Plants ‘n stuff


So week two is basically over. Or at least classes are finished for the week. We covered plants over the past four days and I think I know way more about cereal grains now than I would ever have expected to know in my whole life. Every week we have different professors from the university teaching us about what they are passionate about and they are some of the sweetest people I have ever met. We are constantly being fed. I ate so much today because I kept being offered more and more food; it’s really hard to say no to the Polish. If we didn’t walk as much as we do, I probably would be five pounds heavier by now.

Anyway, plants. I will cut it short and just talk about today and yesterday because I enjoyed them the most. Wednesday we learned about fungus! Which isn’t a plant really, but they grow on plants and I guess that is the relevance. But I love fungus. No joke. I got so excited because we got to use light microscopes to look at spores and stuff. Say what you will but microbes are really freaking cool. The focus of fungus day was really about mycotoxins that some species can release that are extremely harmful to people and animals. I’m totally not paranoid or anything… I may just check all my food for spores from now on. photoThe second half of Wednesday was about genetics, essentially. Another thing I love. (Yesterday was awesome!) The professors talked about how they use PCR, polymerase chain reaction, in order to make a few million copies of a strand of DNA. They then use gel electrophoresis as well as other methods in order to check that DNA for certain things compared to their control. I find all this lab work very interesting, so I have been thinking about possibly doing research over the next year in genetics for someone at Tarleton if I can swing it.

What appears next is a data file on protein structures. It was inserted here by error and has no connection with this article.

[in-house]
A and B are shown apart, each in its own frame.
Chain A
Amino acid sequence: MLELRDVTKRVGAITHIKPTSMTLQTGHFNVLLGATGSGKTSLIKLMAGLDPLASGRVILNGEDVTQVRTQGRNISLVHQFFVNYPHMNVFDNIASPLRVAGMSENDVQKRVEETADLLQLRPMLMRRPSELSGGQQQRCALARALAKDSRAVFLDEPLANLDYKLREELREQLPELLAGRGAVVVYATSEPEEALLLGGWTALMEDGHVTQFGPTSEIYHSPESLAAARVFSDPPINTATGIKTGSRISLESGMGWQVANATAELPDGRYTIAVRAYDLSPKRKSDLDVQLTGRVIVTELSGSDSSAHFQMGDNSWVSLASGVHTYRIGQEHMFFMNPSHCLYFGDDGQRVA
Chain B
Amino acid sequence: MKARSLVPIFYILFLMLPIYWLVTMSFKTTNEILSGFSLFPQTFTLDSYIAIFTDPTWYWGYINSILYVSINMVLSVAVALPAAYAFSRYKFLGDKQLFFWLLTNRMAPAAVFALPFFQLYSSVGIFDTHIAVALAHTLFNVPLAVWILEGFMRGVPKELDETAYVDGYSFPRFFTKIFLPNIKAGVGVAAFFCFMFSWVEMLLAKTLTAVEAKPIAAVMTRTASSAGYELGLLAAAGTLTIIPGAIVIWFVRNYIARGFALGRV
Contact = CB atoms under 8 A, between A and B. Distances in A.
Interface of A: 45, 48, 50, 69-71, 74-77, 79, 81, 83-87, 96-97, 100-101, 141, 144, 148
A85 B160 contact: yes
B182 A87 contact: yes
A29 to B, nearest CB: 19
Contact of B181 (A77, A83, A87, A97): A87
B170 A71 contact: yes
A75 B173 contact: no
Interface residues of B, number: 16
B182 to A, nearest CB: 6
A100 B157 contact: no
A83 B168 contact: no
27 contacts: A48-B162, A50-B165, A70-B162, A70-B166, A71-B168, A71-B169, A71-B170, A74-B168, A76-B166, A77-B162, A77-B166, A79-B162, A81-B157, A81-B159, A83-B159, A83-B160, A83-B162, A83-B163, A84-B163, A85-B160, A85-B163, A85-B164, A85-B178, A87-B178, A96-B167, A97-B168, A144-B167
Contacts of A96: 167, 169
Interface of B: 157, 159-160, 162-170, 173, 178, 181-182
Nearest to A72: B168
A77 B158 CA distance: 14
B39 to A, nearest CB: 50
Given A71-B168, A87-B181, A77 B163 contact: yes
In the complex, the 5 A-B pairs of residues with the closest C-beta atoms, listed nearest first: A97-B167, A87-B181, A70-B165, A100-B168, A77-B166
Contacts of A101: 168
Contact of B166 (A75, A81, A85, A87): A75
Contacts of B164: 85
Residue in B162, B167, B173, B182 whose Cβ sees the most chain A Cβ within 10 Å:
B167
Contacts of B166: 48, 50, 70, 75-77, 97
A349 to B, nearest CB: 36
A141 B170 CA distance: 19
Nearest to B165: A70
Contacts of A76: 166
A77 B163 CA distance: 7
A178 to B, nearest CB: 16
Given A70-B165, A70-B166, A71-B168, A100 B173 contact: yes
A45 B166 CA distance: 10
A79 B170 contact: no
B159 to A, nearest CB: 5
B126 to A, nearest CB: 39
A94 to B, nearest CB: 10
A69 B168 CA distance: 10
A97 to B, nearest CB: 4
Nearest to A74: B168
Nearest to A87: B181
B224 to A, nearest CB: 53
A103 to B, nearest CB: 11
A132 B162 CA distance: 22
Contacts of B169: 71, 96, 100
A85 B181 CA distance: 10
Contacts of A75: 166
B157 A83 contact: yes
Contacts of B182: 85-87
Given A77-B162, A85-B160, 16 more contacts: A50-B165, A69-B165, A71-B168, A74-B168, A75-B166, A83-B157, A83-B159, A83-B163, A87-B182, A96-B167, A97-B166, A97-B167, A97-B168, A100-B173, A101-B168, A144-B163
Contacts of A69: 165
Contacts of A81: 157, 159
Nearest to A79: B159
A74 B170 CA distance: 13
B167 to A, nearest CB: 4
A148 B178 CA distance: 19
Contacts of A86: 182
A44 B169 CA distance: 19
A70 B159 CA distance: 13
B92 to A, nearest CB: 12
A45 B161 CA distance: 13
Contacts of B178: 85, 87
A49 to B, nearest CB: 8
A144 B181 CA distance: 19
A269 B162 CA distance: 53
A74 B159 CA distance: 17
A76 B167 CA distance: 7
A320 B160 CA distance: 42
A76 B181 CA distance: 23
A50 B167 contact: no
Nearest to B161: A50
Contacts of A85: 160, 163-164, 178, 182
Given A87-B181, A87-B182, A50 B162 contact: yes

Today was a little rainy and cold which was a bit of a damper, but it was fun nevertheless. Poland has these government run testing centers in the different regions of Poland that make genetically modified plants, as well as do testing on crops to see which species work best in this area of Poland. Everything here is highly regulated. Seeds have to go through the testing center first before they can be used in the region, and they also test how much fungicide and fertilizer the farmer will need to have successful crops using the minimum amount possible. It was quite interesting to see. (They work with ornamental plants like flowers too, hence all the pictures of flowers

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